Demand outstrips supply at Channel Tunnel

Channel Tunnel

Overwhelming demand for freight shuttle transportation led to extensive delays for UK lorry traffic heading for the continent on Friday. While trains ran smoothly, the wait extended over the course of the day and only cleared late into the evening.

Heavy goods vehicle (HVG) drivers arriving at the Channel Tunnel, intending to use the continuous Le Shuttle freight service on Friday, found themselves queueing for reasons of excessive demand. A number of factors are gathering on the horizon to give cause for concern in the coming weeks.

High demand

BBC national news reported on Friday afternoon, that there were delays of up to two hours for goods lorries planning to board the dedicated Le Shuttle freight service through the Channel Tunnel. The report claimed Euro Tunnel had put the exceptional delays down to high demand.

There are periodic delays for road traffic intending to use the drive up and go service, often down to congestion on the roads fo South East England. Already well planned contingencies are in place, and drivers are familiar with “Operation Stack” – a last resort measure which uses part of the M20 motorway approach to the Tunnel’s Folkestone portal as a temporary lorry park.


The web feeds of the Tunnel freight operator, Getlink, noted delays after planned overnight maintenance – which was set to continue over the weekend. However, as services were running smoothly through the day, there were no mentions of the tailbacks waiting to join shuttle services.

Hannah Trinder told BBC Radio Kent listeners that the queue was still up to an hour by six in the evening, UK time, which was cause for concern for operators hoping to make the overnight departures, which were reduced in frequency to allow for engineering works.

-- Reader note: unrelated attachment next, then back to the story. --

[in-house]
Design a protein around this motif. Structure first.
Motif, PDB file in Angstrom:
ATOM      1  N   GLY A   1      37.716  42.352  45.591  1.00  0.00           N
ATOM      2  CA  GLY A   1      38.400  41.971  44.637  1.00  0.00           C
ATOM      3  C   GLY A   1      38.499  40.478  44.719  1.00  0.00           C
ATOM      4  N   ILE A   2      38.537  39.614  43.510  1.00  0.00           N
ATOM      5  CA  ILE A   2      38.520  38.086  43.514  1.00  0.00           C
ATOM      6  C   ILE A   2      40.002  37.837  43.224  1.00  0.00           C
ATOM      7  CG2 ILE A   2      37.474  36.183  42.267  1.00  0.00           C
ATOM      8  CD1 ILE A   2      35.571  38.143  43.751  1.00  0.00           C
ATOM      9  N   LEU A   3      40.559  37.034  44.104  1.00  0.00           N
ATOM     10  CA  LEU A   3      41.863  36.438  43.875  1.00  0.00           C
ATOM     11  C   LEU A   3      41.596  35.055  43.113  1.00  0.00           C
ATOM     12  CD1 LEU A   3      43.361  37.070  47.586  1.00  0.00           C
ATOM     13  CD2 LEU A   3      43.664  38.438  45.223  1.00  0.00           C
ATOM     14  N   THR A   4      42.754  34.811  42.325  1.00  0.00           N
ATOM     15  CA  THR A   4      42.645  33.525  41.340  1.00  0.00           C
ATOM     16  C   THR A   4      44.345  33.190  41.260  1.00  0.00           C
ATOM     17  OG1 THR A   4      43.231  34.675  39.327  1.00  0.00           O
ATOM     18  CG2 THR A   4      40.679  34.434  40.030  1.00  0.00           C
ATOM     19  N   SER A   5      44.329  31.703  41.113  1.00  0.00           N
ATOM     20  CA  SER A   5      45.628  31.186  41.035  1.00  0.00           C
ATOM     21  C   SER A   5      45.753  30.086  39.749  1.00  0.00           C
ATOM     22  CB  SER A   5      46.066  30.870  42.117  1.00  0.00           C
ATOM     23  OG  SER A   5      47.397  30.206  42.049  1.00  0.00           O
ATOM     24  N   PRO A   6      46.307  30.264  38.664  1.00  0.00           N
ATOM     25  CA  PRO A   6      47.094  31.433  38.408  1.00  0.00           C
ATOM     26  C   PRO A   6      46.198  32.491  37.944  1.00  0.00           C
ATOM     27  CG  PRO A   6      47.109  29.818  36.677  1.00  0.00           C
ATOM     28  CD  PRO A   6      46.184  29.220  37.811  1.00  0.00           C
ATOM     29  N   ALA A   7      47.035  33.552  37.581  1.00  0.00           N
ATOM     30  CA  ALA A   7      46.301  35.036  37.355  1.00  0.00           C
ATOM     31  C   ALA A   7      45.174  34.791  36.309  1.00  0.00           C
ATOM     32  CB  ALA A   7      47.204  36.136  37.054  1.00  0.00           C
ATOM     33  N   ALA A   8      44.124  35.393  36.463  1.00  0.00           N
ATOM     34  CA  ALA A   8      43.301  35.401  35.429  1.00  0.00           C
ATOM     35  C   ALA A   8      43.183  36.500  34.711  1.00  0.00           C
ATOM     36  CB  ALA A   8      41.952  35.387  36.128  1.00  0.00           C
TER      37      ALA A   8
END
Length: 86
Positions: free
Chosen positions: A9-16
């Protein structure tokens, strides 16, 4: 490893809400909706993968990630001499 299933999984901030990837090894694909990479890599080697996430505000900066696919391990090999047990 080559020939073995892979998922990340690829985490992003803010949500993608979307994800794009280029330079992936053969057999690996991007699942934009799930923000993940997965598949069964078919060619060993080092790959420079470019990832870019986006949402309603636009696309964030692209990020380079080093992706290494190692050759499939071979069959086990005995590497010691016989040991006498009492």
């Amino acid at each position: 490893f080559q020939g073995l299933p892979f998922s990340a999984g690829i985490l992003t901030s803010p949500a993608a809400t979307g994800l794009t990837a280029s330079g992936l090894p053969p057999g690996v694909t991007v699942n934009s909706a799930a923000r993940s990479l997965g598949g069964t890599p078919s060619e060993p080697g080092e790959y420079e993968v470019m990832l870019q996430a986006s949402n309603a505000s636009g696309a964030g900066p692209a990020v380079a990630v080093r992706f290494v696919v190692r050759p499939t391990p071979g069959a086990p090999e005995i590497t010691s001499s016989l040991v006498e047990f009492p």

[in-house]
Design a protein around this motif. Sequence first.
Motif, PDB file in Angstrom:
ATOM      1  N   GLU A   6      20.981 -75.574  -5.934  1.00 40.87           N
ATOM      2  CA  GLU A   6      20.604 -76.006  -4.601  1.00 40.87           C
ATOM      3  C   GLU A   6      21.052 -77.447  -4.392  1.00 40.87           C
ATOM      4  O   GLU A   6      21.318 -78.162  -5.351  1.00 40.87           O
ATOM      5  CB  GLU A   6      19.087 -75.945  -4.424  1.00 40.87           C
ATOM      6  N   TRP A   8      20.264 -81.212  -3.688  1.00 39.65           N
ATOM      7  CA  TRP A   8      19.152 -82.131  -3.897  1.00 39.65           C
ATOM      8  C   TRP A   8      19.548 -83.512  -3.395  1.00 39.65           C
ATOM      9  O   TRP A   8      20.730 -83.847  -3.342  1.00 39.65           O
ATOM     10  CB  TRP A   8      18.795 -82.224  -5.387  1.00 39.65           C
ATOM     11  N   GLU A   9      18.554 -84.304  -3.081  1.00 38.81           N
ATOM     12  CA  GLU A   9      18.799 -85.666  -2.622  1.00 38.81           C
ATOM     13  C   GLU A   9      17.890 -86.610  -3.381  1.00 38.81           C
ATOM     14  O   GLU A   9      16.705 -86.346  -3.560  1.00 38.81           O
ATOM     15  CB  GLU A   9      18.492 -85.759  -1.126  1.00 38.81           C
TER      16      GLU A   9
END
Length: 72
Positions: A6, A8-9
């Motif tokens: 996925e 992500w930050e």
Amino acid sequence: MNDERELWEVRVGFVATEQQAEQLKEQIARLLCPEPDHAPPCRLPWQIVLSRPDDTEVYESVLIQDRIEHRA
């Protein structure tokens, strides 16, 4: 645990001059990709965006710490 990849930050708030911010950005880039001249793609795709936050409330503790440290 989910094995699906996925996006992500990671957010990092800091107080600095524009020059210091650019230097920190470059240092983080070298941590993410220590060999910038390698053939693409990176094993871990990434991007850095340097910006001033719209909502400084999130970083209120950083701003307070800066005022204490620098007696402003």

Sudden rise

The increased demand came on the back of quieter than expected figures in November. “Le Shuttle Freight carried 130,952 trucks, a decrease of 13% compared to November 2018,” said the company in a statement to the press. They put this down to both to the effect of stock piling in October in preparation for Brexit and to an unfavourable calendar. They further said that 2019 had seen lower traffic overall. “Since the beginning of the year, almost 1.5 million trucks have crossed with Le Shuttle Freight, a decrease of 6% compared to the same period in 2018.”

Friday’s queues were unexpected, and come ahead of some possible disruption this week, because of widespread strike action in France, affecting all transport modes. The strikes, over pension reforms, have encouraged French producers to seek alternative routes, and use road transport. British importers could be making three own arrangements, which could have contributed to the exceptional delays on Friday.

Shift inland

The disruption is a possible incentive for UK shippers to switch to other routes, away from France, and to use inland UK terminals with rail forwarding to the ports, making for shipping destinations in other parts of Europe. Last week Felixstowe announced a new five-days-a-week flow from the recently commissioned East Midlands Gateway.

Resolving the pensions issue can only be good for transport security in France. Meanwhile, there’s the possibility of truckers waiting for Le Shuttle to be forced into another impromptu secondary picket along the hard shoulder of the M20. It’s increased demand, but not all the reasons are economically advantageous.

Author: Simon Walton

Simon Walton is RailFreight's UK correspondent.

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